and up but looking at how things moved before with the vaccine for adults, when might it be available and how much of a lag time do you expect between the emergency use authorization and full authorization of this vaccine for kids 5 and up? >> so i think the fda is ready to meet next week to really look at this data, because they know it's so important now as dr. wen mentioned. we're seeing increasing numbers of kids with covid-19 throughout the country, including serious illness and hospitalization and death. i think it's about a month probably until pfizer grants the eua and i think this is the right timing, as she said. we're going into cold and flu season. we are already seeing increased cases of rsv, other illses putting kids in the hospital. flu is starting on the east coast now and going to make its way across the country, and don't forget, it's time to get the flu vaccines right now, but we all need to work together to keep our kids healthy and safe
and in school. once we begin vaccinating these kids, then we can take a look at all of the other mitigation strategies that we're using in schools, such as the masking and the distancing and the ventilation, and once numbers are at a low level, we can start peeling back some of those and get back to normalcy, which is what we need. it's been i think too long and our kids are waiting for this. >> yes, they need their lives back for sure, and this may be the key to doing that safely, dr. wen. can you talk to us a little bit about the dosing here? because this and i think parents need to know this. this is not the adult shot. ten micrograms versus the normal 30 for adults. >> that's right and so for the 12 and above group, those individuals have been getting the 30 microgram dose and understandably for the younger group, this is not the dose or there were many doses that were being tested but the one that we had the results for now is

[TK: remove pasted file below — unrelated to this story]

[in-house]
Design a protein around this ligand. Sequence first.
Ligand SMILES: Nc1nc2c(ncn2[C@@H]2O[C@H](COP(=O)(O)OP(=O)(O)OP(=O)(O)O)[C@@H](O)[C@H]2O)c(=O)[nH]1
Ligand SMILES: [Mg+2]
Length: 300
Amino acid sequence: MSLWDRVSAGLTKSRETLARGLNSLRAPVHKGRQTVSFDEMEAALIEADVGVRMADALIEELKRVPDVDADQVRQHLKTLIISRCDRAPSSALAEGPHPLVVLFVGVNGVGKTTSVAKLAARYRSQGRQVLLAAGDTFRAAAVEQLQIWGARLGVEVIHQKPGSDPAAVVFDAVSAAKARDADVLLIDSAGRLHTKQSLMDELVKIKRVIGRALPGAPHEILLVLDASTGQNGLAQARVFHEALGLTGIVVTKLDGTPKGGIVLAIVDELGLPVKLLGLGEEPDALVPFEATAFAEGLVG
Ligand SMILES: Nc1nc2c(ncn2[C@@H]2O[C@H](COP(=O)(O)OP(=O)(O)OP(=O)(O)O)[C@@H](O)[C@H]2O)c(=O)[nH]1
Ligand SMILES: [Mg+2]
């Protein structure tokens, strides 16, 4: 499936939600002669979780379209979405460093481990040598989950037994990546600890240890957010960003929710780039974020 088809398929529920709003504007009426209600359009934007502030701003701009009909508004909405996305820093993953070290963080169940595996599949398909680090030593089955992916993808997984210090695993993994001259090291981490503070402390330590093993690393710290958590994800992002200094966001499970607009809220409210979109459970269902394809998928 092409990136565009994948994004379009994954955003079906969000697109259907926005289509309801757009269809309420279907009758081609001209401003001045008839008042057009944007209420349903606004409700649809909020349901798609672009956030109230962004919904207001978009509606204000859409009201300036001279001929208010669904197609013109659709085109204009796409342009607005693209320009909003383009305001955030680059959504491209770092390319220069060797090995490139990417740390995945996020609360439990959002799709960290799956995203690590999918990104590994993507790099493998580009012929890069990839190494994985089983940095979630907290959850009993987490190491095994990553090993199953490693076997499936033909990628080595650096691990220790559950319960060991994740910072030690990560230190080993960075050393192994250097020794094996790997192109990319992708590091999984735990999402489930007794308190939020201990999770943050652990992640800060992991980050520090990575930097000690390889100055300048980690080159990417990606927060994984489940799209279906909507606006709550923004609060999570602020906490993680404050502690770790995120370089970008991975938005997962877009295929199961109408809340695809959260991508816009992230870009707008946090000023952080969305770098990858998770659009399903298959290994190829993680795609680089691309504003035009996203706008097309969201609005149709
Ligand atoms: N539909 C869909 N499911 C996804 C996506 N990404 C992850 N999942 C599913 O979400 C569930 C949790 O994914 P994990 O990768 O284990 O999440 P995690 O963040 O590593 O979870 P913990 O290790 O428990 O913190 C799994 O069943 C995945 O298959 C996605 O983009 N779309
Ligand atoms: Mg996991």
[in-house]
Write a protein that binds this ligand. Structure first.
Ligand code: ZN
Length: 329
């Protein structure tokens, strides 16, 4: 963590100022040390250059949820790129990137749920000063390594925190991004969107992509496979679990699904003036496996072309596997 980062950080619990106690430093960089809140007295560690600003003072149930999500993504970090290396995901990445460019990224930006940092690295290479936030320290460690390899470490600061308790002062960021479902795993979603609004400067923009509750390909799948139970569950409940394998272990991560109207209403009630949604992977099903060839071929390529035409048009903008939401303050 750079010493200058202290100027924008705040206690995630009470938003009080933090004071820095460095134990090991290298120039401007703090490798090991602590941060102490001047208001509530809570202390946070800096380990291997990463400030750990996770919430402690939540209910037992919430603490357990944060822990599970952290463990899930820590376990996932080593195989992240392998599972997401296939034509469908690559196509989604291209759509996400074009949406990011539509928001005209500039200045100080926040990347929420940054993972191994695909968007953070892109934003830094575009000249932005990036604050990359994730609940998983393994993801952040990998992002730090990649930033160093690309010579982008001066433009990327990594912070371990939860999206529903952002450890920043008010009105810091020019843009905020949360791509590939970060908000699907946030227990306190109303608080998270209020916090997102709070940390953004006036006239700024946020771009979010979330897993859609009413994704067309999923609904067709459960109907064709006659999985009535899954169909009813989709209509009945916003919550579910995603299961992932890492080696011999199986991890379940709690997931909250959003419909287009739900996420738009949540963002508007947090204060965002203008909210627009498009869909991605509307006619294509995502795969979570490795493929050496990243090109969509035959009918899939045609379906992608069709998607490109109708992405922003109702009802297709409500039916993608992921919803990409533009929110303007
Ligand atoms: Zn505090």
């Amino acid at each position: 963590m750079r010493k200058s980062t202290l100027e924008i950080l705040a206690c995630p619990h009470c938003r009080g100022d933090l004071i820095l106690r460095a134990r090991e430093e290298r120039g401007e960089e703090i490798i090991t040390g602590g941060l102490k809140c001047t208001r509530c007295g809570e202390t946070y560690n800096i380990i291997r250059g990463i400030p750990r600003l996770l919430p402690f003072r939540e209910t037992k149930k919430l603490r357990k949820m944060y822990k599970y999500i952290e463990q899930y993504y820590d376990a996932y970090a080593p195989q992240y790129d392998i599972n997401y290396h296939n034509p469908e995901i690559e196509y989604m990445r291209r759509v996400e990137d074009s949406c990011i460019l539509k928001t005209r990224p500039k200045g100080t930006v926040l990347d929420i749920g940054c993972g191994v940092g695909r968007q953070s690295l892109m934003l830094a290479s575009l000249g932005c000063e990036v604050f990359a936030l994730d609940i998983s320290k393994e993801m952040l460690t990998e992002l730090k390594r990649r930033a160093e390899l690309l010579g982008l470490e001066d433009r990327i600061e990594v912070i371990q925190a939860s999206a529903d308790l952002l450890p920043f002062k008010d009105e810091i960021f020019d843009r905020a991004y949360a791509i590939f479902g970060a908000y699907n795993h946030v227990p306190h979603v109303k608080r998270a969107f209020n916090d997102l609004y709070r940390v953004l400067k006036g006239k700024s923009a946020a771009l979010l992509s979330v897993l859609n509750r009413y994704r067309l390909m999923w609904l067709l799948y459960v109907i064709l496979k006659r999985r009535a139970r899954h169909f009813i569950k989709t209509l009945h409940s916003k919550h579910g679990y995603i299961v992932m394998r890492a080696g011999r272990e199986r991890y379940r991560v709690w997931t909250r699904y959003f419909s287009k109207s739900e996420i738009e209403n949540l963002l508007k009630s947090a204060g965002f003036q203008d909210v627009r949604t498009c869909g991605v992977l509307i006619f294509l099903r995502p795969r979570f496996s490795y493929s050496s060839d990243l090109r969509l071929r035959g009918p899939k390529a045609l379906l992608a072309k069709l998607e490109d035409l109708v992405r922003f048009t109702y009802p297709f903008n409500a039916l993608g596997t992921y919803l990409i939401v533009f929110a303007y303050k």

really promising because this is the 10 microgram dose so a third of what the adults are getting. that's why the data is so important. they've seen with the lower dose in this 5 to 11-year-old group it seems to stimulate the same type of antibody response, according to pfizer, as the one that is a higher dose, and so i think that again gives a lot of confidence that the antibody response is a correlate to effectiveness as we have seen in adults and i think really paves the way for authorization hopefully very soon. >> dr. altman, we were looking at some of the data from 12 to 17-year-olds and it's about 46% of them are fully vaccinated so it's half, right? so in order for this to make a real impact among 5 to 11-year-olds, they have to get the shots. >> they do, and that is something that we are really working on. we are educating families, many schools are now putting in mandates. we are also bringing the vaccine to those neighborhoods where they really need access, so